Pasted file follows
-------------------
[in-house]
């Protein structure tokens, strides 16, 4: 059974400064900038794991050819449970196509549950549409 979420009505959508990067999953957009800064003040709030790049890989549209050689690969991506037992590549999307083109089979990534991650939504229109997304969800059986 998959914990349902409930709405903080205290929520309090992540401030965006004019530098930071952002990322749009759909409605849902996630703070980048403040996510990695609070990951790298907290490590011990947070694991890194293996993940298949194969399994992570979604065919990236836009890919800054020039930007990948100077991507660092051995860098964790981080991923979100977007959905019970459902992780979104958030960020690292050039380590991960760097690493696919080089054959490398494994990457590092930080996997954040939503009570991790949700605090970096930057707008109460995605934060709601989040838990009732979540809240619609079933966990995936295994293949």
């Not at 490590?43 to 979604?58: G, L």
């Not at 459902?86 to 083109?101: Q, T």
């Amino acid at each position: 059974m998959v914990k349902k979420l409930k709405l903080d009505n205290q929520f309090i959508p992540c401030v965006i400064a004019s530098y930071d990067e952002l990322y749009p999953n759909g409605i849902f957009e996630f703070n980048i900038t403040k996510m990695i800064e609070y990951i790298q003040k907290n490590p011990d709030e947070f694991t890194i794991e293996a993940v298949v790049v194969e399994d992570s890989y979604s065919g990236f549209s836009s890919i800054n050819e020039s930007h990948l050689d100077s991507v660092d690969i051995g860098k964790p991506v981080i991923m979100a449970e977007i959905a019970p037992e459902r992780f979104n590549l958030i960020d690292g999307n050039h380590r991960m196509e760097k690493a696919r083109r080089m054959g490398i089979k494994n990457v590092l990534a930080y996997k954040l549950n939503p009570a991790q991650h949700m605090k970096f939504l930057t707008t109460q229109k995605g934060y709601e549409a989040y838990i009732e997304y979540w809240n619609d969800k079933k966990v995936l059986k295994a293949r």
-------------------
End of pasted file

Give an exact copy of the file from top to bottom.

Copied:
[in-house]
């Protein structure tokens, strides 16, 4: 059974400064900038794991050819449970196509549950549409 979420009505959508990067999953957009800064003040709030790049890989549209050689690969991506037992590549999307083109089979990534991650939504229109997304969800059986 998959914990349902409930709405903080205290929520309090992540401030965006004019530098930071952002990322749009759909409605849902996630703070980048403040996510990695609070990951790298907290490590011990947070694991890194293996993940298949194969399994992570979604065919990236836009890919800054020039930007990948100077991507660092051995860098964790981080991923979100977007959905019970459902992780979104958030960020690292050039380590991960760097690493696919080089054959490398494994990457590092930080996997954040939503009570991790949700605090970096930057707008109460995605934060709601989040838990009732979540809240619609079933966990995936295994293949």
């Not at 490590?43 to 979604?58: G, L």
């Not at 459902?86 to 083109?101: Q, T």
């Amino acid at each position: 059974m998959v914990k349902k979420l409930k709405l903080d009505n205290q929520f309090i959508p992540c401030v965006i400064a004019s530098y930071d990067e952002l990322y749009p999953n759909g409605i849902f957009e996630f703070n980048i900038t403040k996510m990695i800064e609070y990951i790298q003040k907290n490590p011990d709030e947070f694991t890194i794991e293996a993940v298949v790049v194969e399994d992570s890989y979604s065919g990236f549209s836009s890919i800054n050819e020039s930007h990948l050689d100077s991507v660092d690969i051995g860098k964790p991506v981080i991923m979100a449970e977007i959905a019970p037992e459902r992780f979104n590549l958030i960020d690292g999307n050039h380590r991960m196509e760097k690493a696919r083109r080089m054959g490398i089979k494994n990457v590092l990534a930080y996997k954040l549950n939503p009570a991790q991650h949700m605090k970096f939504l930057t707008t109460q229109k995605g934060y709601e549409a989040y838990i009732e997304y979540w809240n619609d969800k079933k966990v995936l059986k295994a293949r």